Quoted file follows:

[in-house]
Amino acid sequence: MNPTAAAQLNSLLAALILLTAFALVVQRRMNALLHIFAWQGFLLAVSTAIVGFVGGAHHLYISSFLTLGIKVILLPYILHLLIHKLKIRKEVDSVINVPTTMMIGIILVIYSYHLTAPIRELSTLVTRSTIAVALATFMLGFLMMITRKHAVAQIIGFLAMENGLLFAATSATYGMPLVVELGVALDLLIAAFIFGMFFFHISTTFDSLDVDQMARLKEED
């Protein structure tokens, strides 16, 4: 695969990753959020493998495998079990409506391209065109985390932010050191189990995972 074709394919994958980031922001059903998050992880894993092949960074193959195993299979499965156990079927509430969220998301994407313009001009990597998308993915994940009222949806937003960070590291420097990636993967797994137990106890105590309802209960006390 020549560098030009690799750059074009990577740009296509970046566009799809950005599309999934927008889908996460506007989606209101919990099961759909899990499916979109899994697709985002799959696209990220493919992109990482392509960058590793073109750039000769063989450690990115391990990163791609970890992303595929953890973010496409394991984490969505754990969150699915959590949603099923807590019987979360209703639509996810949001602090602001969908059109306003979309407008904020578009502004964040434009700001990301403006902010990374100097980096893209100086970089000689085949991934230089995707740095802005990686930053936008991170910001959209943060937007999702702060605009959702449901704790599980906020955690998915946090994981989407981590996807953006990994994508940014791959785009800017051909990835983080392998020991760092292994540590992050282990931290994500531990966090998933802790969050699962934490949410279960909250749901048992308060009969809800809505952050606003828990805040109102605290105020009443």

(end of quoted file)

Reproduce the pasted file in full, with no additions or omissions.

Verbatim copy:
[in-house]
Amino acid sequence: MNPTAAAQLNSLLAALILLTAFALVVQRRMNALLHIFAWQGFLLAVSTAIVGFVGGAHHLYISSFLTLGIKVILLPYILHLLIHKLKIRKEVDSVINVPTTMMIGIILVIYSYHLTAPIRELSTLVTRSTIAVALATFMLGFLMMITRKHAVAQIIGFLAMENGLLFAATSATYGMPLVVELGVALDLLIAAFIFGMFFFHISTTFDSLDVDQMARLKEED
């Protein structure tokens, strides 16, 4: 695969990753959020493998495998079990409506391209065109985390932010050191189990995972 074709394919994958980031922001059903998050992880894993092949960074193959195993299979499965156990079927509430969220998301994407313009001009990597998308993915994940009222949806937003960070590291420097990636993967797994137990106890105590309802209960006390 020549560098030009690799750059074009990577740009296509970046566009799809950005599309999934927008889908996460506007989606209101919990099961759909899990499916979109899994697709985002799959696209990220493919992109990482392509960058590793073109750039000769063989450690990115391990990163791609970890992303595929953890973010496409394991984490969505754990969150699915959590949603099923807590019987979360209703639509996810949001602090602001969908059109306003979309407008904020578009502004964040434009700001990301403006902010990374100097980096893209100086970089000689085949991934230089995707740095802005990686930053936008991170910001959209943060937007999702702060605009959702449901704790599980906020955690998915946090994981989407981590996807953006990994994508940014791959785009800017051909990835983080392998020991760092292994540590992050282990931290994500531990966090998933802790969050699962934490949410279960909250749901048992308060009969809800809505952050606003828990805040109102605290105020009443």